Before a standing army can rule, the people must be disarmed; as they are in almost every kingdom in Europe. The supreme power in America cannot enforce unjust laws by the sword; because the whole body of the people are armed, and constitute a force superior to any band of regular troops that can be, on any pretence, raised in the United States. A military force, at the command of Congress, can execute no laws, but such as the people perceive to be just and constitutional; for they will possess the power, and jealousy will instantly inspire the inclination, to resist the execution of a law which appears to them unjust and oppressive.
Webster strongly believe the people not only had a right to keep and bear arms but that this right was essential to ensure the government wasn’t allowed to encroach on individual sovereignty. Let us not forget Thomas Jefferson’s famous quote:
What country before ever existed a century and half without a rebellion? And what country can preserve its liberties if their rulers are not warned from time to time that their people preserve the spirit of resistance? Let them take arms. The remedy is to set them right as to facts, pardon and pacify them. What signify a few lives lost in a century or two? The tree of liberty must be refreshed from time to time with the blood of patriots and tyrants. It is its natural manure.
Not only did Jefferson believe in the right of the people to defend themselves against their government but he also advocating periodic rebellions to ensure the government was reminded that the people reign supreme. While I’m not a fan of violent rebellion in any regard I am an advocate of self-defense and that self-defense includes people being assailed by their government.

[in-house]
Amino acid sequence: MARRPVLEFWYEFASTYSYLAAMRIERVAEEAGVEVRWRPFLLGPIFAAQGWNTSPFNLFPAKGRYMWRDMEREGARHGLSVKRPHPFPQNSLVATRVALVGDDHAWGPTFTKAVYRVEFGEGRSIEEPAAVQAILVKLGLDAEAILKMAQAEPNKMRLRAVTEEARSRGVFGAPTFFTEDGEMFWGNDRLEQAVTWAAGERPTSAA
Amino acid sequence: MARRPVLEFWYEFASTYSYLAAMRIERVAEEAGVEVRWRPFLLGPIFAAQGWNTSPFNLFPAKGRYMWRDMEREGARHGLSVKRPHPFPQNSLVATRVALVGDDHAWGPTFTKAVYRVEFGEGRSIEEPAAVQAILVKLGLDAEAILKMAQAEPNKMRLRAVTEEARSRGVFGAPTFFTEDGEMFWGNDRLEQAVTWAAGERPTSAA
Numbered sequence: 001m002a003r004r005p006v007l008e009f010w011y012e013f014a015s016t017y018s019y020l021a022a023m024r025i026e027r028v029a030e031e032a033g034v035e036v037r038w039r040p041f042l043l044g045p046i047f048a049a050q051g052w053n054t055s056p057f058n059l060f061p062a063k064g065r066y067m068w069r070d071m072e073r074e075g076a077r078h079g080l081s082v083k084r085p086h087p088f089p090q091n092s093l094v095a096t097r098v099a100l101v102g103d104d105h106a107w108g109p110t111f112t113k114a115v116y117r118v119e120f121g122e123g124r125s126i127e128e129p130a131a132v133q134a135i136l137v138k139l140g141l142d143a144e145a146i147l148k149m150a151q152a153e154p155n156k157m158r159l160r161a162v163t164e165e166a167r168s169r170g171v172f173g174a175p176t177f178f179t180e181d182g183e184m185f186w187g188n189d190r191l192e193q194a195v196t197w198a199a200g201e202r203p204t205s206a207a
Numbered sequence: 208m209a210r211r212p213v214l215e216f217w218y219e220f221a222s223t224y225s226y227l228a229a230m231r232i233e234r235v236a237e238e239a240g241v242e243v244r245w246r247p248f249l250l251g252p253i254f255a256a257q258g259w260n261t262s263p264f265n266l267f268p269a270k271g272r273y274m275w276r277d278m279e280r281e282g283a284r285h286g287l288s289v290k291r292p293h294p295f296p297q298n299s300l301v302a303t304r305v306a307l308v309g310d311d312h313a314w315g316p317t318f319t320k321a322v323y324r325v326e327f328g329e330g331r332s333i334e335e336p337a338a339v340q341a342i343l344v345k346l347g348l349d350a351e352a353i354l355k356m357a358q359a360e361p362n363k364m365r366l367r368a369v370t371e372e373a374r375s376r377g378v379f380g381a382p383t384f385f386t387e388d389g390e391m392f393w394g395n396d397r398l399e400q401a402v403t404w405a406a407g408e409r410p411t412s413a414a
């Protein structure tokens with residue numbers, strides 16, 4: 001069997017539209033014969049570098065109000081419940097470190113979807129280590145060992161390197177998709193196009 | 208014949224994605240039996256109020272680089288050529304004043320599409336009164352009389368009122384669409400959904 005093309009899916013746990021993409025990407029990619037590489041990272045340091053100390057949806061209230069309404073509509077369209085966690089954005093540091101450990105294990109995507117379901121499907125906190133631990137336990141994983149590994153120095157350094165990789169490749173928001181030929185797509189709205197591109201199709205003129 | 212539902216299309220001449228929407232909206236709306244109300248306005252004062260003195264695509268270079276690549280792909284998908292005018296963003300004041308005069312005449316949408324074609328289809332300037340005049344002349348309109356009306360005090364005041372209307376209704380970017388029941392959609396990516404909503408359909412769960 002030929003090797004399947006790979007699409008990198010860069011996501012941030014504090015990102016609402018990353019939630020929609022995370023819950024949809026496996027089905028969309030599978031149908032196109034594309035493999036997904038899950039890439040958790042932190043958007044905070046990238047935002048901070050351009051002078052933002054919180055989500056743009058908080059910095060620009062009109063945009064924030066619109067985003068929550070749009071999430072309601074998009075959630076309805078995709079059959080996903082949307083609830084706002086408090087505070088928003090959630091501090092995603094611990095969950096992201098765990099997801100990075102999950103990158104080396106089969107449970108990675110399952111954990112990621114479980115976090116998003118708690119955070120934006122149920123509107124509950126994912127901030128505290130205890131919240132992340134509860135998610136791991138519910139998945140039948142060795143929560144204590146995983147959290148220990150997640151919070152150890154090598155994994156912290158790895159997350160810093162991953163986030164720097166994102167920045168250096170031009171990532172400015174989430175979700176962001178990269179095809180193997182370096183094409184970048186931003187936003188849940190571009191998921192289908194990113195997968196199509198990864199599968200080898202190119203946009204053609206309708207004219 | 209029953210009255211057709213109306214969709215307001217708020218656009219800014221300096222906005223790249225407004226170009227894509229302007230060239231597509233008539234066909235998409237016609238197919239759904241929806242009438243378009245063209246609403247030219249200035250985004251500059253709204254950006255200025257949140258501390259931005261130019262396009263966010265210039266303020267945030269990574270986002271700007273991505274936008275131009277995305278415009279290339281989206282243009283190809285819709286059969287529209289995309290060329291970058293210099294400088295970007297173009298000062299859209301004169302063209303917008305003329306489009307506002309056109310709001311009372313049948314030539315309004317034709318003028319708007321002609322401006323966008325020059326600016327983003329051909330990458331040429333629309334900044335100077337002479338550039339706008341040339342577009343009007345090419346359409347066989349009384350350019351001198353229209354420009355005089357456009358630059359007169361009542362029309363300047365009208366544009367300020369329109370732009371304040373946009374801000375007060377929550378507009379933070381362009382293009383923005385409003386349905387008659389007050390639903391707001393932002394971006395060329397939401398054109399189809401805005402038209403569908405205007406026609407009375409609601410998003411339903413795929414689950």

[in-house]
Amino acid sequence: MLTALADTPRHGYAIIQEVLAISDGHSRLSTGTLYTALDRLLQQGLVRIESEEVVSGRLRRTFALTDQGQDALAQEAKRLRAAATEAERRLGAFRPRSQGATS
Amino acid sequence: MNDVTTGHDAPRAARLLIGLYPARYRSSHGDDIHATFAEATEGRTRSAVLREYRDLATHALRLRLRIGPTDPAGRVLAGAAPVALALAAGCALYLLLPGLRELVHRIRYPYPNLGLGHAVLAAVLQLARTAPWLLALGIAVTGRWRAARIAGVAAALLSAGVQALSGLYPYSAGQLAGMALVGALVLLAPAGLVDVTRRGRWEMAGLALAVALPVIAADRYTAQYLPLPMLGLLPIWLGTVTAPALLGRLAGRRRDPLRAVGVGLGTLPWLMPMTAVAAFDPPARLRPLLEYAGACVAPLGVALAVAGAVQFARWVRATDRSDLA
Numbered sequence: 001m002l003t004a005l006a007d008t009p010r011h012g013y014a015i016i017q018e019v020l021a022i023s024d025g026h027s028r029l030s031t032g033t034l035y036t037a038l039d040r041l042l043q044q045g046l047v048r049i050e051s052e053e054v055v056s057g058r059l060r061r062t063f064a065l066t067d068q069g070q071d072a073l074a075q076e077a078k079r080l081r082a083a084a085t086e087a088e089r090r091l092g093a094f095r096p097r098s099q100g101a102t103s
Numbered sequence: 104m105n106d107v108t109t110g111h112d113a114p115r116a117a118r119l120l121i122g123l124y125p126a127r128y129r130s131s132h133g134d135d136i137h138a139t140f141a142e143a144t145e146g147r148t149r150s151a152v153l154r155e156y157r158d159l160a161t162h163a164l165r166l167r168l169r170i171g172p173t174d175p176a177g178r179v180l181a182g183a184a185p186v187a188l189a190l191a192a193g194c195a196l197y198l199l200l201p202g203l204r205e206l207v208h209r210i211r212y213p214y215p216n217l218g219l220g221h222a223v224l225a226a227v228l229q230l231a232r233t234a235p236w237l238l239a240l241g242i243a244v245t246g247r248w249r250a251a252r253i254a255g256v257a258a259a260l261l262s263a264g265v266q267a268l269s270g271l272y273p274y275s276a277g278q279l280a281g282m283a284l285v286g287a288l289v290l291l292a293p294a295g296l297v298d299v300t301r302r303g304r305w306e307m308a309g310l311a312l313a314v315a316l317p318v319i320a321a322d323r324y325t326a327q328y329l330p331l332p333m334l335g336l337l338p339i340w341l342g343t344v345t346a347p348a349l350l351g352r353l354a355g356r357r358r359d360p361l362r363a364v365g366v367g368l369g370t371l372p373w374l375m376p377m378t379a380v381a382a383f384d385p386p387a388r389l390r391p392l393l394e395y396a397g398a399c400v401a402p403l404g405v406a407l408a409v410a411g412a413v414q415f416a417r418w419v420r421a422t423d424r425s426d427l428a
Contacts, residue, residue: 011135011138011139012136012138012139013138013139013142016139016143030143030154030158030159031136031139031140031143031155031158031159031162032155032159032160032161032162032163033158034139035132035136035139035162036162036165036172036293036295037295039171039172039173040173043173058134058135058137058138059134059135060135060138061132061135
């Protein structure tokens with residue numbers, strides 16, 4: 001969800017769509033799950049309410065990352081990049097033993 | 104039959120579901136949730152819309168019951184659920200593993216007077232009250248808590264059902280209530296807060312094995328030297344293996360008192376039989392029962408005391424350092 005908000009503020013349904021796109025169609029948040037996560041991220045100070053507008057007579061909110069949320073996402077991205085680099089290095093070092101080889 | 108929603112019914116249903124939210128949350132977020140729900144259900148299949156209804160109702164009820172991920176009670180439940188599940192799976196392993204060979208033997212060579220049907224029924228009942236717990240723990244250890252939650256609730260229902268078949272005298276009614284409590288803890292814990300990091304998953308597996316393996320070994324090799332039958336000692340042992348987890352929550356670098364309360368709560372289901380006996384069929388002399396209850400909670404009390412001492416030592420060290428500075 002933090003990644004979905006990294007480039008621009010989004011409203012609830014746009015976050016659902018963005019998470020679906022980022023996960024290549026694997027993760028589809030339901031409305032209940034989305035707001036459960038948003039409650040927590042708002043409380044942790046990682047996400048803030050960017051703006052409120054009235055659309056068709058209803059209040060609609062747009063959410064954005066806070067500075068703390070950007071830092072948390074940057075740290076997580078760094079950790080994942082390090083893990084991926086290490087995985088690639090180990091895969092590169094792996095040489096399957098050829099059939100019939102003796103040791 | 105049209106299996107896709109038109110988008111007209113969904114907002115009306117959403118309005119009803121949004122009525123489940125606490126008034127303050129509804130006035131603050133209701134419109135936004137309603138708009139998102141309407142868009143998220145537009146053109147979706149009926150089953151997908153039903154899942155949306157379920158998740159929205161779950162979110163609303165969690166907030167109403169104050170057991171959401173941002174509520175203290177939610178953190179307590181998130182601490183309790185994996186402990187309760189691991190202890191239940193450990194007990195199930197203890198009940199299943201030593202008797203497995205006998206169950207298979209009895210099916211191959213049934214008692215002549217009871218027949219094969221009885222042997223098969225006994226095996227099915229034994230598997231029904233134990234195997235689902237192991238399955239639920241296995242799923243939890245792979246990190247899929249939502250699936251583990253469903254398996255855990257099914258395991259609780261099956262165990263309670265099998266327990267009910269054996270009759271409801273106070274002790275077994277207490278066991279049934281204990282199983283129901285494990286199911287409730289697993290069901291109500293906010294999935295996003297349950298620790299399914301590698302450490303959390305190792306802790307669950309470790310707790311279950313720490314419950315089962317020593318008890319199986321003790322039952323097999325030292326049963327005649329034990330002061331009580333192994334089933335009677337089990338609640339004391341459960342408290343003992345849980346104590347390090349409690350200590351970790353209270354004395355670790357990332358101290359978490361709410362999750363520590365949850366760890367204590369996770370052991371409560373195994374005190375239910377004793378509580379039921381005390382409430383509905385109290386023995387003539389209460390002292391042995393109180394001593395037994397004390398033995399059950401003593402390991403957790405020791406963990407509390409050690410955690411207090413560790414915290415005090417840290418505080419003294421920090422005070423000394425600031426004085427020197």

These are just two quotes in a virtual library of materials penned by the founding fathers regarding the sovereignty of individuals. We have to remember that the founding fathers had just previously overthrown a tyrannical government and were still riding high on the idea of individual liberty. They didn’t believe in democracy, where the mob reigns supreme, but in the sovereignty of individuals. In their minds it was the right of every individual to defend him or herself against infractions on individual sovereignty. By declaring my distain for democracy I’m not opposing the ideals this country was founded up but actually promoting them.
Those who cow to the majority are some of the most despicable people of all. They think that so long as the majority believe something to be just that it is, that so long as decisions are made democratically they are good. These same people often complain about the state of the world today but only suggest that the people who are responsible for this dystopian state, the government, be given more power so that “the people” may reign supreme. By “the people” they really mean everybody who agrees with themselves wholeheartedly.
Do not fall into the fallacy of democracy, stand up and assert your sovereignty. Let no other person or persons rule over you. Just because a large group of people made a decision doesn’t mean it’s right. Do not allow yourself to fall into the logical fallacy of argumentum ad populum.